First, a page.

Transient ischemic attack

Medical quality assurance by Dr. Albrecht Nonnenmacher, MD at May 28, 2016
StartDiseasesTransient ischemic attack

Transient ischemic attacks are commonly referred to as TIA’s or mini-strokes, and are similar in symptoms to strokes. TIA’s are generally short-lived, lasting no more than a few minutes and usually producing no permanent damage. Since approximately one in three people who have a TIA will suffer a full-blown stroke, with nearly half of them occurring in the year following the TIA, it is wise to consider a TIA a warning and take steps to improve any risk factors contributing to the possibility.


Definition & Facts

A TIA has the same origins as that of an ischemic stroke (the most common type of stroke), but while both involve a blood clot blocking the blood supply to part of your brain, in a TIA, the blockage only occurs for a short time and causes little or no permanent damage. A TIA is considered a mini-stroke caused by the temporary lack of an adequate supply of oxygen and blood to the brain, which can be caused by the narrowing of the carotid arteries. TIA's usually last from two minutes to a half-hour, and can create dizziness, vision problems, speech problems, and a feeling of weakness

Symptoms & Complaints

The symptoms of a TIA are similar to the symptoms of a stroke. Speech may be unintelligible, and the patient may have trouble both communicating and understanding. Numbness, weakness and/or paralysis of the face, arm, or leg which usually occurs on only one side of the body is a common symptom. There may be dizziness or lack of coordination/balance, double vision, or temporary blindness in one or both eyes.


The main cause of TIA’s is atherosclerosis (the buildup of plaques that contain fatty deposits) in either an artery or a branch of an artery; this build-up can cut off the supply of oxygen and nutrients to the brain. Plaques can also lead to the development of a clot that moves to an artery supplying blood and oxygen from another part of the body, usually from the heart

There are a number of risk factors associated with TIA. They include: family history of TIA’s or strokes, being older than 55 or having a prior history of TIA’s. While more than half of all stroke deaths occur in women, men are at a slightly greater risk of having either a TIA or a stroke. African Americans have a greater risk of TIA’s and strokes. Strokes can also be complications of Sickle-cell disease.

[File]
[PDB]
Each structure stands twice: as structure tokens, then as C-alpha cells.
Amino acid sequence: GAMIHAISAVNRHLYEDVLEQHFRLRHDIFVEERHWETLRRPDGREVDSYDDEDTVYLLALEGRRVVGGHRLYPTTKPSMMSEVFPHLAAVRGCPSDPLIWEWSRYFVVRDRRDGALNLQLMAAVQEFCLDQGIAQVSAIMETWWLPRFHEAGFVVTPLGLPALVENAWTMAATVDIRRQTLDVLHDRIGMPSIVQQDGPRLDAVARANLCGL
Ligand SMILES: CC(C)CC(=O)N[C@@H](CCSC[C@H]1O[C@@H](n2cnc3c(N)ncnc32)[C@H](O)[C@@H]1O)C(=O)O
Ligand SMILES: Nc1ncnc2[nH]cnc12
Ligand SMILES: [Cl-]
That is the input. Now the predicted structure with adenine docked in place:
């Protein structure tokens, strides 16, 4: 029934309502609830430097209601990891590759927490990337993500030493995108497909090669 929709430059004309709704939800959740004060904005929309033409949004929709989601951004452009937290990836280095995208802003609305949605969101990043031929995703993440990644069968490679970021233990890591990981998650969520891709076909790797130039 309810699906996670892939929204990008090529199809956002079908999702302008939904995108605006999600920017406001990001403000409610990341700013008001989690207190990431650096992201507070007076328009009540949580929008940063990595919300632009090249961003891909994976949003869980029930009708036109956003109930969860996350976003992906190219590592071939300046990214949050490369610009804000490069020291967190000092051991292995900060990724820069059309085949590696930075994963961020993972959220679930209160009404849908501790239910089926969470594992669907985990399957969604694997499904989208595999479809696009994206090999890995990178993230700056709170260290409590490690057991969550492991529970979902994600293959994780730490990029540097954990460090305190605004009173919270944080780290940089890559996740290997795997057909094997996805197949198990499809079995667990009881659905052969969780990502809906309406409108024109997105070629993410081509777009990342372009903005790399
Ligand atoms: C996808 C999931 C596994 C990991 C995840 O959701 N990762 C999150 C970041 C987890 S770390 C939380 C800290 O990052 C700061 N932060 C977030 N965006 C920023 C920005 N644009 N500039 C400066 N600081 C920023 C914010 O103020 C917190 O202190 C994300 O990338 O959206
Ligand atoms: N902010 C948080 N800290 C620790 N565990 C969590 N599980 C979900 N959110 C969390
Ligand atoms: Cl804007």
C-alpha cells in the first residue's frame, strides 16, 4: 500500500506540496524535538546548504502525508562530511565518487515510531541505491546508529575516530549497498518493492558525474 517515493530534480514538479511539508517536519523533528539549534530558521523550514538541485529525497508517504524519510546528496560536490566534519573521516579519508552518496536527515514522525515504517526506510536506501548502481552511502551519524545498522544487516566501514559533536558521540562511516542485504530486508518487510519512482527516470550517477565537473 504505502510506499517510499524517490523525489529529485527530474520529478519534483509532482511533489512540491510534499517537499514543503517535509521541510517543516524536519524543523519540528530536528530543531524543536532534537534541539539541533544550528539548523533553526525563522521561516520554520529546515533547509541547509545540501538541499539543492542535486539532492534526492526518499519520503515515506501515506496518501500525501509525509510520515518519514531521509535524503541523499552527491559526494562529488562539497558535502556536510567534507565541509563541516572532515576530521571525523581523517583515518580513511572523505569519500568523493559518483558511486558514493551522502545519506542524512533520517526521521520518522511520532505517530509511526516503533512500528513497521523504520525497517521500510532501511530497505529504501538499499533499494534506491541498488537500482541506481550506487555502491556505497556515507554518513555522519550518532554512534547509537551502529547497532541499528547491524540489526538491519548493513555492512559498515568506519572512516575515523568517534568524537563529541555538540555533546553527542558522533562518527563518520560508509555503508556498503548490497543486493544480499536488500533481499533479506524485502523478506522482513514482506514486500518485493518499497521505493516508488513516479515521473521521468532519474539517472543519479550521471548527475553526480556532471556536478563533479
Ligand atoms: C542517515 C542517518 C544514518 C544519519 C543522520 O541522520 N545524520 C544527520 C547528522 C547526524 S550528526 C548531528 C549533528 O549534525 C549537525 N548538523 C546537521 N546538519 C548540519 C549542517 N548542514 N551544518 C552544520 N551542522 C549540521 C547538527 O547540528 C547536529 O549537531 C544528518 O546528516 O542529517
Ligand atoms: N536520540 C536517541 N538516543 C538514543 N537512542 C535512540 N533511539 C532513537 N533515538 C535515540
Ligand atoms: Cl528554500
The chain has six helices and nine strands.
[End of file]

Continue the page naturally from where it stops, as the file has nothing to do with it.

Additional risk factors include:

Diagnosis & Tests

A doctor may diagnose a TIA by the patient's description of the event, since the attacks are short in time and usually gone by the time a physician is involved. The doctor will administer a physical examination including blood tests for high cholesterol, blood pressure, and diabetes. There may be platelet or cholesterol fragments in the retina's blood vessels that are visible to the doctor during an exam. Other diagnostic tools may include: 

  • A CT scan, which uses X-rays to create a 3-D look at the brain
  • A CTA scan or CT angiogram, another noninvasive technique that can help the doctor evaluate the arteries in the brain and neck
  • An MRI that creates a view of the brain using a strong magnetic field
  • A carotid ultrasound that uses a transducer (wand) to produce images that show clotting or narrowing in the carotid arteries
  • An echocardiogram that also uses a wand-like instrument to create an image of the heart
  • The less common use of arteriography which uses injected dye and a catheter inserted through a small incision in the groin area to provide images of arteries in the brain

Treatment & Therapy

In the case of TIA’s, medications are used to help prevent strokes that might otherwise occur later. Two types of medications are used. One is anti-platelet drugs that make blood platelets less likely to become sticky and form clots; this class of drugs includes aspirin as well as prescription medications.

The other class of drugs is anti-coagulants (often called blood-thinners) which help prevent blood from clotting. Surgery called carotid endarterectomy clears the carotid arteries of plaques. Angioplasty involves using a balloon type device to open the clogged artery, after which a stent (small wire tube) may be placed into the artery to keep it open.

Prevention & Prophylaxis

There are several healthy lifestyle changes that a person can make to prevent TIA. Because smoking increases the risk of blood clots, raises your blood pressure and adds to the development of harmful fatty deposits in the arteries, it is wise to quit smoking or never start to begin with.

Other changes include getting 30 minutes of exercise at a moderate level each day; reducing fat and salt intake; reducing alcohol consumption to two drinks a day for a man and one drink a day for a woman. Illegal drugs like cocaine can increase the risk of having a TIA or stroke, and thus should be avoided. Birth control and other hormone therapies may increase the risk of stroke, and thus need to be discussed with one's doctor.